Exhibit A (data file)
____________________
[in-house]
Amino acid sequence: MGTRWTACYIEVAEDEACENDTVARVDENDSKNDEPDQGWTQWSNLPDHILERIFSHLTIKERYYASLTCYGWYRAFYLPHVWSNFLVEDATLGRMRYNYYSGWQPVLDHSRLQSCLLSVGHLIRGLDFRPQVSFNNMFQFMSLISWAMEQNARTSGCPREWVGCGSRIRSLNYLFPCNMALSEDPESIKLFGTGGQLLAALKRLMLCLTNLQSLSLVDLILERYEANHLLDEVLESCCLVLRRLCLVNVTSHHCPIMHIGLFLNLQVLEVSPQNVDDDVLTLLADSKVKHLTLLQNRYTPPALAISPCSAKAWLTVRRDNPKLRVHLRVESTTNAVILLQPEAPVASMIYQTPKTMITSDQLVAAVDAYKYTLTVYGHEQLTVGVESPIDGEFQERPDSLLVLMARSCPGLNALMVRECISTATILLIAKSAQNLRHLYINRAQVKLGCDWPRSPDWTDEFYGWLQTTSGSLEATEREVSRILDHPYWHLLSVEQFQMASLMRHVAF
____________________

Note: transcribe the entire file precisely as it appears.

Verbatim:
[in-house]
Amino acid sequence: MGTRWTACYIEVAEDEACENDTVARVDENDSKNDEPDQGWTQWSNLPDHILERIFSHLTIKERYYASLTCYGWYRAFYLPHVWSNFLVEDATLGRMRYNYYSGWQPVLDHSRLQSCLLSVGHLIRGLDFRPQVSFNNMFQFMSLISWAMEQNARTSGCPREWVGCGSRIRSLNYLFPCNMALSEDPESIKLFGTGGQLLAALKRLMLCLTNLQSLSLVDLILERYEANHLLDEVLESCCLVLRRLCLVNVTSHHCPIMHIGLFLNLQVLEVSPQNVDDDVLTLLADSKVKHLTLLQNRYTPPALAISPCSAKAWLTVRRDNPKLRVHLRVESTTNAVILLQPEAPVASMIYQTPKTMITSDQLVAAVDAYKYTLTVYGHEQLTVGVESPIDGEFQERPDSLLVLMARSCPGLNALMVRECISTATILLIAKSAQNLRHLYINRAQVKLGCDWPRSPDWTDEFYGWLQTTSGSLEATEREVSRILDHPYWHLLSVEQFQMASLMRHVAF